The death of Jesus

For most of my life the Easter holiday has been all about Sunday. Well, it’s been all about the palm branches on Palm Sunday and then “Resurrection” Sunday a week later. Oh, and I suppose I have to mention the Cadbury Mini Eggs if I’m going to be honest. Let’s just say that I’m definitely giving up Cadbury Mini Eggs for Lent next year. But, seriously, the older I get the more desire I have to really journey through, as best I can, the final days of Christ’s Passion. I’m learning to pause and take each day carefully and individually.

My natural tendency is to rush through, to think already on Maundy Thursday, “But . . . Sunday’s coming!” While this is true, Resurrection Sunday does not “erase” Friday.  Hans Urs von Balthasar says: “The whole New Testament is unanimous on this point: the Cross and burial of Christ reveal their significance only in the light of the event of Easter, without which there is no Christian faith” (Mysterium Paschale, 189). Indeed, Resurrection Sunday legitimates Friday as the cosmic act of God, but it is crucial to recognize that Sunday does not obliterate the significance of Friday. In other words, Jesus’ resurrection does not render his death as theologically unimportant or unworthy of my contemplation. Not to mention, Sunday is most meaningful when we give Thursday night, Friday, and Saturday the respect they are due.

Serendipitously, a few days ago I came across a review wherein Walter Brueggemann opines that the final three days of Passion (Friday, Saturday, and Sunday) “must not be homogenized but must be kept discreet and distinctive, each for its own weightiness” (Walter Brueggemann reviewing Alan E. Lewis’ Between Cross and Resurrection). I think Brueggemann may well be on to something. If you’re like me and you’re theologically inclined to move too quickly from Jesus’ death to His resurrection, perhaps for the rest of the weekend (and God willing, future Lenten seasons) we can focus on experiencing the Passion narrative as it progresses from one event to the next.

This evening imagine Jesus enduring despicable violence. I hear his plea: “My Father, if it be possible, let this cup pass from me; nevertheless, not as I will, but as you will.” I try to imagine the unimaginable. I think of Jesus–everything that is good, pure, beautiful, and noble being defeated by the evil hideousness of human cruelty. Truth, hope, beauty, all nailed to a cross. “Surely he has borne our griefs and carried our sorrows; yet we esteemed him stricken, smitten by God, and afflicted. But he was pierced for our transgressions; he was crushed for our iniquities; upon him was the chastisement that brought us peace, and with his wounds we are healed” (Isaiah 53:4-5). Linger here before the cross; think through its implications again. No matter how many times we’ve done it.

“O Cross that liftest up my head,
I dare not ask to fly from thee;
I lay in dust life’s glory dead,
And from the ground there blossoms red”
(George Matheson).

What was it like for Jesus’ disciples that dreadful day? They had just eaten a meal with Jesus the night before. They gathered with him to celebrate the Passover, to remember the glorious night when the LORD had delivered Israel from Egypt with a mighty hand and an outstretched arm (Exodus 12). Now, at long last, they hoped, Jesus, the long expected Messiah, would deliver them from the hands of the Romans. “We had hoped that he was the one to redeem Israel,” two confounded Jesus followers said on their walk to Emmaus (Luke 24:21). Jesus hadn’t come through for them in the way they expected. He died. How could the Messiah die?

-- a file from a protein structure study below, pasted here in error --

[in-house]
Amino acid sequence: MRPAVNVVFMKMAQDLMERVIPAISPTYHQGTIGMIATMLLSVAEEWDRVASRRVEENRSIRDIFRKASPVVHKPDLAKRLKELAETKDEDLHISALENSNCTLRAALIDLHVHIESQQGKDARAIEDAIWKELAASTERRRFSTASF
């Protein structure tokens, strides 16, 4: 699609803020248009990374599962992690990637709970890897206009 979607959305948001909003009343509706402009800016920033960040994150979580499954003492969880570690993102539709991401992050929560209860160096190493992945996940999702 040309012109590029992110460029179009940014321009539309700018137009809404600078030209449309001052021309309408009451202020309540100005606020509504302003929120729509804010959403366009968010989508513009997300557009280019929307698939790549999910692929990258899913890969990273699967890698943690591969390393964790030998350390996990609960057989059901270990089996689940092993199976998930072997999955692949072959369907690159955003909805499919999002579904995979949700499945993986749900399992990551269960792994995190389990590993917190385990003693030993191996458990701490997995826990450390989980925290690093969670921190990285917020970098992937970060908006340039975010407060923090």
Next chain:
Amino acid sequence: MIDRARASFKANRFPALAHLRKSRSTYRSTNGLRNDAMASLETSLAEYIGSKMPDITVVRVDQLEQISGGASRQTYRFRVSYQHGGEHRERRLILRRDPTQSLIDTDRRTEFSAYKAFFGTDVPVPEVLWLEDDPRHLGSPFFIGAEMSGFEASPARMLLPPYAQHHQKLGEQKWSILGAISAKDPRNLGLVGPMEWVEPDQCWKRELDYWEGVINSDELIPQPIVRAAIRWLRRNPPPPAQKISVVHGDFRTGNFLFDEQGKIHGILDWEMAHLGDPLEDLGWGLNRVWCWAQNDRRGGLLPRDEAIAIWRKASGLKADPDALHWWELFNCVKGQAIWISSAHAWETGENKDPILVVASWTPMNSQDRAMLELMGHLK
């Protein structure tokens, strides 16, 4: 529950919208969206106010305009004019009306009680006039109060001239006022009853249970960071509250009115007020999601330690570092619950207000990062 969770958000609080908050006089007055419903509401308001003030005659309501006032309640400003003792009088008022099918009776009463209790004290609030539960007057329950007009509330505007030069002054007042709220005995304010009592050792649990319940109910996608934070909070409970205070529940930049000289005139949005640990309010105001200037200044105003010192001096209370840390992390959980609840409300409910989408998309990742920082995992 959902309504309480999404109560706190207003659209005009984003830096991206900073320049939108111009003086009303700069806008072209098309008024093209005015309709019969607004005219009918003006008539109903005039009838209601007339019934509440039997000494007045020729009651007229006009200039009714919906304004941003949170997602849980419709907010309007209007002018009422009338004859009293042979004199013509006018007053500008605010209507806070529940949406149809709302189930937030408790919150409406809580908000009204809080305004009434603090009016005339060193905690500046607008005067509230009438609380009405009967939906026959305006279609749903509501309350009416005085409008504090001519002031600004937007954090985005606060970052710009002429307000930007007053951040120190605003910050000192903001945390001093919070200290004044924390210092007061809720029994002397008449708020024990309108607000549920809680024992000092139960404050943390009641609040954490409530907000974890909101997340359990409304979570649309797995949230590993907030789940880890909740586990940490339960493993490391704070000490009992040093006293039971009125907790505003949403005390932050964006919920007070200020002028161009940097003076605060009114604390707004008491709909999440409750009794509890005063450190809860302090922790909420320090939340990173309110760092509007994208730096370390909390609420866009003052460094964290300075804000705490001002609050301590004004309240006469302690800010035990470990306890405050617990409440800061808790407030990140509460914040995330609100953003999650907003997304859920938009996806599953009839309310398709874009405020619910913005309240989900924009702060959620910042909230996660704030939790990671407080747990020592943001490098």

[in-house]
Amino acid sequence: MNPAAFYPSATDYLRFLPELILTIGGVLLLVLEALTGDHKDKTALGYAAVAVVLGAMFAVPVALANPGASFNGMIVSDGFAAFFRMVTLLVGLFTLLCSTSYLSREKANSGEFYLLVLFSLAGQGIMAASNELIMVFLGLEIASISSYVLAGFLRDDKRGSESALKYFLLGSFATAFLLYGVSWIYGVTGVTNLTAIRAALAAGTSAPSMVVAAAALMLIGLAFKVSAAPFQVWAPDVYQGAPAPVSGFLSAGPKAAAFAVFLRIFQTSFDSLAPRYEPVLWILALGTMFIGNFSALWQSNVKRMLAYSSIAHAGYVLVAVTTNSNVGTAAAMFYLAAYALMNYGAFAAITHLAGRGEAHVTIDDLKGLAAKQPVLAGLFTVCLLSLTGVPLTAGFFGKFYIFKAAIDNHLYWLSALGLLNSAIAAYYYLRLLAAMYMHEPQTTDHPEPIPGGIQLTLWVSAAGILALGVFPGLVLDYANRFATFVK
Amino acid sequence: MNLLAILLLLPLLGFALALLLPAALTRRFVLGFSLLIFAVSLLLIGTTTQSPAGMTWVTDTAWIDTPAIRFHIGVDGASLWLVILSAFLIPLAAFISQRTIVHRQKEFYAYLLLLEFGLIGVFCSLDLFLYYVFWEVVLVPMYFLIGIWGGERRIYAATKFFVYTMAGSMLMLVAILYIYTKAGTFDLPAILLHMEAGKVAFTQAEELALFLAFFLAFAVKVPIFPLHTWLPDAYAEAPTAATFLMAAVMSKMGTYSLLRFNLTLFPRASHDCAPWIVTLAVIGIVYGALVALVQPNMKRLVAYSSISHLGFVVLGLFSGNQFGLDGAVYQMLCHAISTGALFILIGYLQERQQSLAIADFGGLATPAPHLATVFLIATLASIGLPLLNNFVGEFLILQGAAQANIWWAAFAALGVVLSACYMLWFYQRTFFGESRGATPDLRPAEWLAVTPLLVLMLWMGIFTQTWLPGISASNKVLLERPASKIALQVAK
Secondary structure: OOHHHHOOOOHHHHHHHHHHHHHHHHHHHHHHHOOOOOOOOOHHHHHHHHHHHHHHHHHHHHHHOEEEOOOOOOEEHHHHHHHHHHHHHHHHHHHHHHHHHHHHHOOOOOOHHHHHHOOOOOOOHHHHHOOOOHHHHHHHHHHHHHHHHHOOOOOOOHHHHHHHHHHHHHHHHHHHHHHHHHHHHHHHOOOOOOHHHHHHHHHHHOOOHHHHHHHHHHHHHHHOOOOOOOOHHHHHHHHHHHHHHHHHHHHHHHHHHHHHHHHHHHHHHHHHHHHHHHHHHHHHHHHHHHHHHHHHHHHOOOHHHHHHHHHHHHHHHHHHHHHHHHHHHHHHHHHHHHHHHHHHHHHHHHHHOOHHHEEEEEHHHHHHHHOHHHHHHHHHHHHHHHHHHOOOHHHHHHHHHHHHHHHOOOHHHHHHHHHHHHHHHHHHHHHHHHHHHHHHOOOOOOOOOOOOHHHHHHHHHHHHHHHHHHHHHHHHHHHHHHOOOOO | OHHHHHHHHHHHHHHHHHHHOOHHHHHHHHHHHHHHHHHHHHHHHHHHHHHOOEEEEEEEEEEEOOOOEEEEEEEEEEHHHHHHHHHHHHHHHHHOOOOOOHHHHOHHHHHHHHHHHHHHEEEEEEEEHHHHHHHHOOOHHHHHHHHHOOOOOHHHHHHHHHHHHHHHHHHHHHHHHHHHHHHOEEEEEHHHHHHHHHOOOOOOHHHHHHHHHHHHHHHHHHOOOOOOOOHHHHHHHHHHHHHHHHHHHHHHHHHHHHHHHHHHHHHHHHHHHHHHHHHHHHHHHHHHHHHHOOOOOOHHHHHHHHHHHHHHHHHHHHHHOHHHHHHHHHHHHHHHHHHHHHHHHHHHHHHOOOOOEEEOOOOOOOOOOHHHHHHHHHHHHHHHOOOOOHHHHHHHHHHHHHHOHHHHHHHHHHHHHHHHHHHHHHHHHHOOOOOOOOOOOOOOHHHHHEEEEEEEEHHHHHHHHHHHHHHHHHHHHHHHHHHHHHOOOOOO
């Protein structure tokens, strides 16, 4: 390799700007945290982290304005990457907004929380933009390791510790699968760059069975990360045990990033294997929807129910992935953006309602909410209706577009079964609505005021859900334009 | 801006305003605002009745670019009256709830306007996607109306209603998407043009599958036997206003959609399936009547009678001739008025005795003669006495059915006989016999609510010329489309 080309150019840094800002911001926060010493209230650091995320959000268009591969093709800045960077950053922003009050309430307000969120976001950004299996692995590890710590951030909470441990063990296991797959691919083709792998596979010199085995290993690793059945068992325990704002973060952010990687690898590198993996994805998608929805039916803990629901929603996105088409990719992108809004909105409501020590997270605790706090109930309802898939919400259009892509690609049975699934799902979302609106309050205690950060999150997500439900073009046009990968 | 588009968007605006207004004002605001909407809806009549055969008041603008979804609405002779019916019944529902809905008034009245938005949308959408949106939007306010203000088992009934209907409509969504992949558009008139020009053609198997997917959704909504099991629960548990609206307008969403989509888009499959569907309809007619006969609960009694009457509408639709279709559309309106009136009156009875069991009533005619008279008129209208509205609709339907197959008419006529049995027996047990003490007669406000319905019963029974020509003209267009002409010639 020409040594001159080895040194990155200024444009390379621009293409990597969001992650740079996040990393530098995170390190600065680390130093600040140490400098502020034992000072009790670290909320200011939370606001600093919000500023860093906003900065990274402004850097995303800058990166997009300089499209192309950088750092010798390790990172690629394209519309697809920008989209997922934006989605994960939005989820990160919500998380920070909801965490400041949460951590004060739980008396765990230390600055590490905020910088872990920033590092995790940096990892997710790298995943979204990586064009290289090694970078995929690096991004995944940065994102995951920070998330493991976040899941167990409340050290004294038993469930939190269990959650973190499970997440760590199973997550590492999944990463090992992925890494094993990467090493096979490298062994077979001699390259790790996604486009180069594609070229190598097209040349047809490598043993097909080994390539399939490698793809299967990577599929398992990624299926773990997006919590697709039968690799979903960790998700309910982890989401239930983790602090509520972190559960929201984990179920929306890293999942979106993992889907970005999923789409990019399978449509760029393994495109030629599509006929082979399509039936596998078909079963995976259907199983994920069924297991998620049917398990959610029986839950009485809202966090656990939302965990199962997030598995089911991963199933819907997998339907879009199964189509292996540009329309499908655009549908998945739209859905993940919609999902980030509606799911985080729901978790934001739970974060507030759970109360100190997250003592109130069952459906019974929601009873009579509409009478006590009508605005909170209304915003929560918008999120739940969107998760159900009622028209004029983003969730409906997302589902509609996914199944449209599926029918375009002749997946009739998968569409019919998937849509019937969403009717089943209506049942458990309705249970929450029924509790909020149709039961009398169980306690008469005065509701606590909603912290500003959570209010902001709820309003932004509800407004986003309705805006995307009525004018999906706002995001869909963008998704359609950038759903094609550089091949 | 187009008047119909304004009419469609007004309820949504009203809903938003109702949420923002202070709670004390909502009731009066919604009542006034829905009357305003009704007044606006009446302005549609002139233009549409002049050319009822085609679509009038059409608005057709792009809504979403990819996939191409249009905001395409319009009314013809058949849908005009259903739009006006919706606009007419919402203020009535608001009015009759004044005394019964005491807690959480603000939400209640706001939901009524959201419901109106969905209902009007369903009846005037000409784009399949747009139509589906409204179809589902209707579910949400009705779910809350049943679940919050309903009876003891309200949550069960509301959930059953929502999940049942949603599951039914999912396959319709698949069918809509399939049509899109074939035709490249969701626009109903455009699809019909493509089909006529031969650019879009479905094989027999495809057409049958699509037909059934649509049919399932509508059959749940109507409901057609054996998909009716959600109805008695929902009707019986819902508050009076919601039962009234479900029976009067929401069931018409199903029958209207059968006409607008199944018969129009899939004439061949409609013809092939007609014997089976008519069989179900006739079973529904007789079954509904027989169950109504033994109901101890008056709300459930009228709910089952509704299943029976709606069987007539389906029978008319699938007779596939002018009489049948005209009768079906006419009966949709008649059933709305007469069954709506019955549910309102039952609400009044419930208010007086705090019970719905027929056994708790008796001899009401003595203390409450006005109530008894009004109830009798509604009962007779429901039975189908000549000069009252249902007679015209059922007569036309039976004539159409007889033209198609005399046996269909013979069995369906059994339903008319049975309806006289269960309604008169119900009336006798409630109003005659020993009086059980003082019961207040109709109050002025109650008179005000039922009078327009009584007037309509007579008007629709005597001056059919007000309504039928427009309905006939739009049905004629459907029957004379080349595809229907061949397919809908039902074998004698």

Interestingly, several years after the life, death, and resurrection of Christ, the apostle Paul would tell the church in Corinth: “For I decided to know nothing among you except Jesus Christ and him crucified” (1 Cor. 2:2). Why so many years after Jesus’ resurrection does Paul wish to know nothing except Christ crucified? Because the cross of Christ changes the way we think about everything. Elizabeth Johnson puts it this way: “the cross turns everything upside down and makes the first last and the last first, the wise foolish and the foolish wise, and even the dead alive” (“Life Together in the Household of God” in Shaking Heaven and Earth,  100).

Likewise, in the book of Revelation, John begins to weep loudly because no one in heaven or on the earth or under the earth is worthy to open the scroll (Rev. 5:4). But one of the elders tells him: “Weep no more; behold, the Lion of the tribe of Judah, the Root of David, has conquered, so that he can open the scroll and its seven seals” (Rev. 5:5). And then, John sees; he looks between the throne and the four living creatures and among the elders and he sees that the lion has been transformed and now there is a Lamb standing, as though it had been slain (Rev. 5:6). Oh what a beautiful and glorious reversal of imagery; the cross redefines power itself.  Here in the most triumphant of New Testament books, the one who has authority to open the seven seals is a slain lamb. The word of the cross is the power of God! The lion of the tribe of Judah is transformed before John’s very eyes into a slain Lamb.  Jesus’ earthly death, even post-resurrection, remains crucial to his identity as the ruler of all things.